Taxation related MCQs

1. Which statement best describes the U.S. framework for determining if an individual who is not a U.S. citizen will be treated as a resident alien for U.S. tax purposes?A person must have a green card and meet a substantial presence test to be treated as a resident alien for U.S. tax purposes.A person must have a green card to be treated as a resident alien for U.S. tax purposes.A person must meet a substantial presence test to be treated as a resident alien for U.S. tax purposes.A person with a green card will always be treated as a resident alien for U.S. tax purposes, while a person without a green card may be treated as a resident alien if she meets a substantial presence test.
2. Which of the following statements best describes the substantial presence test as it applies to determining if a non U.S. citizen is a resident alien for U.S. tax purposes?To be treated as a resident alien, an individual must be physically present in the United States for 183 days in the current year.To be treated as a resident alien, an individual must be physically present in the United States for 183 days in the current year and each of the prior two years.To be treated as a resident alien, an individual must be physically present in the United States for 183 days using a formula that includes the current year and the prior two years.To be treated as a resident alien, an individual must be physically present in the United States for 183 days using a formula that includes the current year and the prior year.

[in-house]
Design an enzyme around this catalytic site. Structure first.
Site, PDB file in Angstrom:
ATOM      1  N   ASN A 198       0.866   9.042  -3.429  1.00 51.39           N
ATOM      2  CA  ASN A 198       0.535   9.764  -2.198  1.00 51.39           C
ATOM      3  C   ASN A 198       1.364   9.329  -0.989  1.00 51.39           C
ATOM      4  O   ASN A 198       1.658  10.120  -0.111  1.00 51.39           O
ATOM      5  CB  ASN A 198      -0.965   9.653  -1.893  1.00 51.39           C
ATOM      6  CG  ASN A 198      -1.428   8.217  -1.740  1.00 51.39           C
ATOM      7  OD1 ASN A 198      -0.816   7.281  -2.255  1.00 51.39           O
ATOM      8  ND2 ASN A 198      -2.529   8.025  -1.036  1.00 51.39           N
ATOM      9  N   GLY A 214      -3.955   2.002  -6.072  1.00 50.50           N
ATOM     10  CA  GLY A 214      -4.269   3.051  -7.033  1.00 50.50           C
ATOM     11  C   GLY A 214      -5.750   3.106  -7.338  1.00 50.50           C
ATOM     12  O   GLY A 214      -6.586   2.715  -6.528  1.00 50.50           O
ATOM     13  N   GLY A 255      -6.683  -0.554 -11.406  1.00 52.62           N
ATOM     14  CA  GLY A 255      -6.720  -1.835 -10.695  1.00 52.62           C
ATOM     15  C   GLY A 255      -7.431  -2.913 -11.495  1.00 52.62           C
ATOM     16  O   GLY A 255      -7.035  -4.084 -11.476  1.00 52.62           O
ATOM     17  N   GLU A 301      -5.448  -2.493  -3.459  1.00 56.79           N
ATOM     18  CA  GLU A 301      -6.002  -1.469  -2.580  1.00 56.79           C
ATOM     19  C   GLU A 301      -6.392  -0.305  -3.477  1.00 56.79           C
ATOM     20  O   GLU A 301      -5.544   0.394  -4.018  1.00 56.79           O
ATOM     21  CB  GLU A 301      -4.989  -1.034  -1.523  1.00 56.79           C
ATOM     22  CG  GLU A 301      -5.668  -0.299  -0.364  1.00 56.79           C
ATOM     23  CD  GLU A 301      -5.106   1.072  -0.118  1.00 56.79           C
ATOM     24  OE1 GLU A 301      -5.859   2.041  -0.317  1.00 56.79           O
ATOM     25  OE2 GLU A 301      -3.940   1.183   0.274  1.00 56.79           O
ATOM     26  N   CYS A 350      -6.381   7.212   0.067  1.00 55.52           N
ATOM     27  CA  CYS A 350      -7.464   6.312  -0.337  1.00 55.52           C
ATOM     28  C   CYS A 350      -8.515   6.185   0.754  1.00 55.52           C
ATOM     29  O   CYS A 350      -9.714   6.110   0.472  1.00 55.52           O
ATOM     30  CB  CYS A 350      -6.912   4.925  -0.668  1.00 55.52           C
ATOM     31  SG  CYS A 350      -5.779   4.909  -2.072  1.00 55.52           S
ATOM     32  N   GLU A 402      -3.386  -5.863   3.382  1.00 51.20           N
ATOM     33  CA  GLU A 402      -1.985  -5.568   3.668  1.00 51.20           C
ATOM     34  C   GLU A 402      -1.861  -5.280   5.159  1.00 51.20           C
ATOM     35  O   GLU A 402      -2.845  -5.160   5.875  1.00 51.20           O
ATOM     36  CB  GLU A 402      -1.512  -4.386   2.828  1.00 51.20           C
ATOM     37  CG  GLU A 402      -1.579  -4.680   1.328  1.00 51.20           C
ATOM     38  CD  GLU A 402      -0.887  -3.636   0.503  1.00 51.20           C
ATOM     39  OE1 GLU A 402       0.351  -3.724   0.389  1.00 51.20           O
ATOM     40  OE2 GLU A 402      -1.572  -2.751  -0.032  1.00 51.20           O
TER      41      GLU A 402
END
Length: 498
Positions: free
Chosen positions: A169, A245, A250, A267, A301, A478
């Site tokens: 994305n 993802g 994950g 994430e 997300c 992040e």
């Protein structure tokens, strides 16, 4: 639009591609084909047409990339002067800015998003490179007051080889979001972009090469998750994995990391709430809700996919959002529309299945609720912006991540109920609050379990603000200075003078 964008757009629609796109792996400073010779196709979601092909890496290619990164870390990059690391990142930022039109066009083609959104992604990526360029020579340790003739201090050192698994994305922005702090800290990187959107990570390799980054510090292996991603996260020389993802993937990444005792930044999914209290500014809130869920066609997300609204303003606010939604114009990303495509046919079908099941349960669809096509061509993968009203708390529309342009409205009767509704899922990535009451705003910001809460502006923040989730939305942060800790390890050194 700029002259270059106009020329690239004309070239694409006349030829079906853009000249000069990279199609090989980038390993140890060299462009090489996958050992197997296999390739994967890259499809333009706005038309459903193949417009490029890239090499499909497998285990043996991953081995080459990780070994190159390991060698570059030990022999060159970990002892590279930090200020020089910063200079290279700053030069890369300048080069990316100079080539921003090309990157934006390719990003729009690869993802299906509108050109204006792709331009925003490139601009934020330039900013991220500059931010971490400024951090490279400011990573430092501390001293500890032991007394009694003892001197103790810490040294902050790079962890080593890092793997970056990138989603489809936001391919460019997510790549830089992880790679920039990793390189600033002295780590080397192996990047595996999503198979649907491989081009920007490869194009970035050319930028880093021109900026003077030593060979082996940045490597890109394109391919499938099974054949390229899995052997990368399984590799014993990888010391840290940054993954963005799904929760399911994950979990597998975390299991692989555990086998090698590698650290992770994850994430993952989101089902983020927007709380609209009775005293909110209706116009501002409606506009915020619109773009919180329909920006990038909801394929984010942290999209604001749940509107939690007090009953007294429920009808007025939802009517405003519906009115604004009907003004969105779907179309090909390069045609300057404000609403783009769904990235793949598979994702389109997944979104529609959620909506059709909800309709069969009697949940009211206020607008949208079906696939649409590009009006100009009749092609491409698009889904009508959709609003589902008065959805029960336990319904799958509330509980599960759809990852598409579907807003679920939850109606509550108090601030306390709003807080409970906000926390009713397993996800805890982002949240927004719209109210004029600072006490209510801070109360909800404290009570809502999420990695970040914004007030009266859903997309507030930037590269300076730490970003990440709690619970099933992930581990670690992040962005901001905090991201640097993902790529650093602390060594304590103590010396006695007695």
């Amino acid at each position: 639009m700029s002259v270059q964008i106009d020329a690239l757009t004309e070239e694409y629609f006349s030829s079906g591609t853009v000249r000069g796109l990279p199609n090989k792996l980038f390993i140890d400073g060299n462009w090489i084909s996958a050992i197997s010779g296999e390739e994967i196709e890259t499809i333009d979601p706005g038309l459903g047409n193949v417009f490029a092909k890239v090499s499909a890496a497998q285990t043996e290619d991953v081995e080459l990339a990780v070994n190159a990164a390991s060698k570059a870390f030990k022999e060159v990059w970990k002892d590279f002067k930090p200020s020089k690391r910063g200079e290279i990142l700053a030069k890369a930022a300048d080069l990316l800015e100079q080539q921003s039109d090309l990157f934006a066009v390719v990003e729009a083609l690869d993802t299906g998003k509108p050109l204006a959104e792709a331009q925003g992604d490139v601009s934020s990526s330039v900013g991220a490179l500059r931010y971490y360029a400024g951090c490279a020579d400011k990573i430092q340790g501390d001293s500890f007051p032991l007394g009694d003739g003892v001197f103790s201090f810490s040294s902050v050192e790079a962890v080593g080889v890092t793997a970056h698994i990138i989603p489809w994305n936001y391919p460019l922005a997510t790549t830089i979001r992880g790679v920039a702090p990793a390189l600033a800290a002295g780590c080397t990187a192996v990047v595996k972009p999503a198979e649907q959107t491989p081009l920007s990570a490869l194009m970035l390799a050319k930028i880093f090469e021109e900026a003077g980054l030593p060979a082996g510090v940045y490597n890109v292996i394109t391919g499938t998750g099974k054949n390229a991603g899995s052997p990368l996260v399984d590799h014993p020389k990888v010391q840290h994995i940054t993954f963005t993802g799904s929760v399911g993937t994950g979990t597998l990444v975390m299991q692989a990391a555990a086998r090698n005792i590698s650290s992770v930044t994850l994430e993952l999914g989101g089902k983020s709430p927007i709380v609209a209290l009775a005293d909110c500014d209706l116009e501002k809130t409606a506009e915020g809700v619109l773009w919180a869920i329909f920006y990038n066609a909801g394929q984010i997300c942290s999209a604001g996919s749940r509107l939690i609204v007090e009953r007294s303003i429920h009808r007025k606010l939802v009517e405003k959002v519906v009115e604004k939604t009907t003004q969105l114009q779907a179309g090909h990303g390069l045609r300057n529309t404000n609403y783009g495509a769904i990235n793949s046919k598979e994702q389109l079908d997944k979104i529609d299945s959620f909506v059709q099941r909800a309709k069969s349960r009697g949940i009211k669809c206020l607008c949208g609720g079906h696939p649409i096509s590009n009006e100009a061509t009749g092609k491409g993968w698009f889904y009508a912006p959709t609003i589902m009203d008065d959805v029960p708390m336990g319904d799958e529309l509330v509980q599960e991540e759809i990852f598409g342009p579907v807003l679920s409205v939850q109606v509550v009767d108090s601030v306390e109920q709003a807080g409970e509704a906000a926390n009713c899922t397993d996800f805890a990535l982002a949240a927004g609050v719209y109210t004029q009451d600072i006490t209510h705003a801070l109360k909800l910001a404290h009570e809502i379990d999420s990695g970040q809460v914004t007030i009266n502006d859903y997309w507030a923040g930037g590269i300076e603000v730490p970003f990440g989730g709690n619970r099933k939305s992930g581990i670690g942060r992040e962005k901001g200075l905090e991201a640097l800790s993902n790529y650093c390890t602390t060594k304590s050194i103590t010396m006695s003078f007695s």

3. Under which of the following scenarios could Charles, a citizen of England, be eligible to claim the “closer connection” exception to the substantial presence test in 2012?Charles spent 183 days in the United States in 2012 and has his tax home in England.Charles spent 183 days in the United States in 2012 and has his tax home in the United States.Charles spent 182 days in the United States in 2012 and has his tax home in England.Charles spent 182 days in the United States in 2012 and has his tax home in the United States.Knoxville Corporation, a U.S. corporation, incurred $300,000 of research and experimental (R&E) expenses during 2012. Knoxville sells inventory within the United States and abroad. Knoxville conducted all of the research related to the inventory within the United States. Gross sales of the inventory was $10,000,000, of which $3,000,000 was from foreign source sales. Gross profit from sale of the inventory was $5,000,000, of which $2,000,000 was from foreign source sales. 4. What is the minimum amount of R&E expense that can be apportioned to the company’s foreign source income for foreign tax credit purposes, assuming this is the first year the company makes this computation?$120,000$90,000$45,000$05. Absent a treaty provision, what is the statutory withholding tax rate imposed by the United States on a dividend paid by a U.S. corporation to a resident of Denmark?30%15%5%0%6. Under a U.S. treaty, what must a non-resident corporation create in the United States before it is subject to U.S. taxation on its business profits?U.S. trade or businessPermanent establishmentThe physical presence of at least one employeeThe physical presence of an asset such as a warehouse7. Horton Corporation is a 100 percent owned Canadian subsidiary of Cruller Corporation, a U.S. corporation. Horton had post-1986 earnings and profits of C$2,400,000 and post-1986 foreign taxes of $1,600,000. During the current year, Horton paid a dividend of C$600,000 to Cruller. The dividend was characterized as general category income for FTC purposes. The dividend was subject to a withholding tax of C$30,000. Assume an exchange rate of C$1 = $1. Cruller reported U.S. taxable income of $2,000,000. Cruller’s U.S. tax rate is 34 percent. Compute the tax consequences to Cruller as a result of this dividend.Taxable income of $3,000,000, a net U.S. tax of $590,000, and a FTC carryover of $0.Taxable income of $3,000,000, a net U.S. tax of $680,000 and a FTC carryover of $90,000.Taxable income of $2,600,000, a net U.S. tax of $680,000, and a FTC carryover of $226,000.Taxable income of $2,600,000, a net U.S. tax of $454,000 and a FTC carryover of $0.8. Windmill Corporation, a Dutch corporation, is owned by the following unrelated persons: 50 percent by a U.S. corporation, 5 percent by a U.S. individual, and 45 percent by a Swiss corporation. During the year, Windmill earned $2,000,000 of subpart F income.Answer is D

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